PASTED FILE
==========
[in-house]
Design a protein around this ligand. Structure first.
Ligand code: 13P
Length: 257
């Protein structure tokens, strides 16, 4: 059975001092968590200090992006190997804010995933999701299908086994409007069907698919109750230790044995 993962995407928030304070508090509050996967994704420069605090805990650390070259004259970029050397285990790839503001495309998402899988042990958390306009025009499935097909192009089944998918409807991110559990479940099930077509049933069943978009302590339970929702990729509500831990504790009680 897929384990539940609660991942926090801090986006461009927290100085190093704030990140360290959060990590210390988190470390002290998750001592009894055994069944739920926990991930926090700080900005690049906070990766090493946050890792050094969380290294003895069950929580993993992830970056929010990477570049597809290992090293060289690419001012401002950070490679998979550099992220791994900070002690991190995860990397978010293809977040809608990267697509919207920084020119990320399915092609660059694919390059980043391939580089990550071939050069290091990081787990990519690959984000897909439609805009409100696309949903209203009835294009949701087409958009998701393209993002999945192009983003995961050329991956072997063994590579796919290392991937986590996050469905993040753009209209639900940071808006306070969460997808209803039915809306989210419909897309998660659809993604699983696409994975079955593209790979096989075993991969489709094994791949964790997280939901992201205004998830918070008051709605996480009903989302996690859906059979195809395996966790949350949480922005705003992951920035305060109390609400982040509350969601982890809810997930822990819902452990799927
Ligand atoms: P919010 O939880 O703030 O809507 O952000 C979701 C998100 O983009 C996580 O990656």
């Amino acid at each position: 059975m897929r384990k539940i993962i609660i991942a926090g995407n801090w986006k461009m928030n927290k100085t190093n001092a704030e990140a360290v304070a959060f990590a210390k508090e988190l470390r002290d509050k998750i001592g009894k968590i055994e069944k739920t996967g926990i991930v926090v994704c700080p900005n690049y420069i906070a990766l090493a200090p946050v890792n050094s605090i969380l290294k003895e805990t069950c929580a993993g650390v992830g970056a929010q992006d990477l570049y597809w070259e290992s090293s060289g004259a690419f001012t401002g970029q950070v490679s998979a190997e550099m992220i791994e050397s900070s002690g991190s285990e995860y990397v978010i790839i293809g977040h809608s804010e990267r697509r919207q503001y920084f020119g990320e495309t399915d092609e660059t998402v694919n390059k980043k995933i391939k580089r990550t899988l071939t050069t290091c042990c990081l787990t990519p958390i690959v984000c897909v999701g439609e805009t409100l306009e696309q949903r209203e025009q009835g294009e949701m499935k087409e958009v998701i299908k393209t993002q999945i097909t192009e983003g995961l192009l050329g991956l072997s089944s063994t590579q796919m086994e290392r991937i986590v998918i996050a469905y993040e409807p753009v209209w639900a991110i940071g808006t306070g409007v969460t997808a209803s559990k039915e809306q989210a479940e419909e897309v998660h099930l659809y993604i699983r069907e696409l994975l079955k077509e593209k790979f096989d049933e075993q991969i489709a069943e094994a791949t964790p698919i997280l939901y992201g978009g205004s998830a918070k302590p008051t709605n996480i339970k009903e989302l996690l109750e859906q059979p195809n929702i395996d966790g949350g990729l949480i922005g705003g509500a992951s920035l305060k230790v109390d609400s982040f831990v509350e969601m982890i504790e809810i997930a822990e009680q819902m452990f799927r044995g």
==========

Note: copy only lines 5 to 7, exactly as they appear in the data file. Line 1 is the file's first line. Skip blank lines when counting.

């Protein structure tokens, strides 16, 4: 059975001092968590200090992006190997804010995933999701299908086994409007069907698919109750230790044995 993962995407928030304070508090509050996967994704420069605090805990650390070259004259970029050397285990790839503001495309998402899988042990958390306009025009499935097909192009089944998918409807991110559990479940099930077509049933069943978009302590339970929702990729509500831990504790009680 897929384990539940609660991942926090801090986006461009927290100085190093704030990140360290959060990590210390988190470390002290998750001592009894055994069944739920926990991930926090700080900005690049906070990766090493946050890792050094969380290294003895069950929580993993992830970056929010990477570049597809290992090293060289690419001012401002950070490679998979550099992220791994900070002690991190995860990397978010293809977040809608990267697509919207920084020119990320399915092609660059694919390059980043391939580089990550071939050069290091990081787990990519690959984000897909439609805009409100696309949903209203009835294009949701087409958009998701393209993002999945192009983003995961050329991956072997063994590579796919290392991937986590996050469905993040753009209209639900940071808006306070969460997808209803039915809306989210419909897309998660659809993604699983696409994975079955593209790979096989075993991969489709094994791949964790997280939901992201205004998830918070008051709605996480009903989302996690859906059979195809395996966790949350949480922005705003992951920035305060109390609400982040509350969601982890809810997930822990819902452990799927
Ligand atoms: P919010 O939880 O703030 O809507 O952000 C979701 C998100 O983009 C996580 O990656």
């Amino acid at each position: 059975m897929r384990k539940i993962i609660i991942a926090g995407n801090w986006k461009m928030n927290k100085t190093n001092a704030e990140a360290v304070a959060f990590a210390k508090e988190l470390r002290d509050k998750i001592g009894k968590i055994e069944k739920t996967g926990i991930v926090v994704c700080p900005n690049y420069i906070a990766l090493a200090p946050v890792n050094s605090i969380l290294k003895e805990t069950c929580a993993g650390v992830g970056a929010q992006d990477l570049y597809w070259e290992s090293s060289g004259a690419f001012t401002g970029q950070v490679s998979a190997e550099m992220i791994e050397s900070s002690g991190s285990e995860y990397v978010i790839i293809g977040h809608s804010e990267r697509r919207q503001y920084f020119g990320e495309t399915d092609e660059t998402v694919n390059k980043k995933i391939k580089r990550t899988l071939t050069t290091c042990c990081l787990t990519p958390i690959v984000c897909v999701g439609e805009t409100l306009e696309q949903r209203e025009q009835g294009e949701m499935k087409e958009v998701i299908k393209t993002q999945i097909t192009e983003g995961l192009l050329g991956l072997s089944s063994t590579q796919m086994e290392r991937i986590v998918i996050a469905y993040e409807p753009v209209w639900a991110i940071g808006t306070g409007v969460t997808a209803s559990k039915e809306q989210a479940e419909e897309v998660h099930l659809y993604i699983r069907e696409l994975l079955k077509e593209k790979f096989d049933e075993q991969i489709a069943e094994a791949t964790p698919i997280l939901y992201g978009g205004s998830a918070k302590p008051t709605n996480i339970k009903e989302l996690l109750e859906q059979p195809n929702i395996d966790g949350g990729l949480i922005g705003g509500a992951s920035l305060k230790v109390d609400s982040f831990v509350e969601m982890i504790e809810i997930a822990e009680q819902m452990f799927r044995g």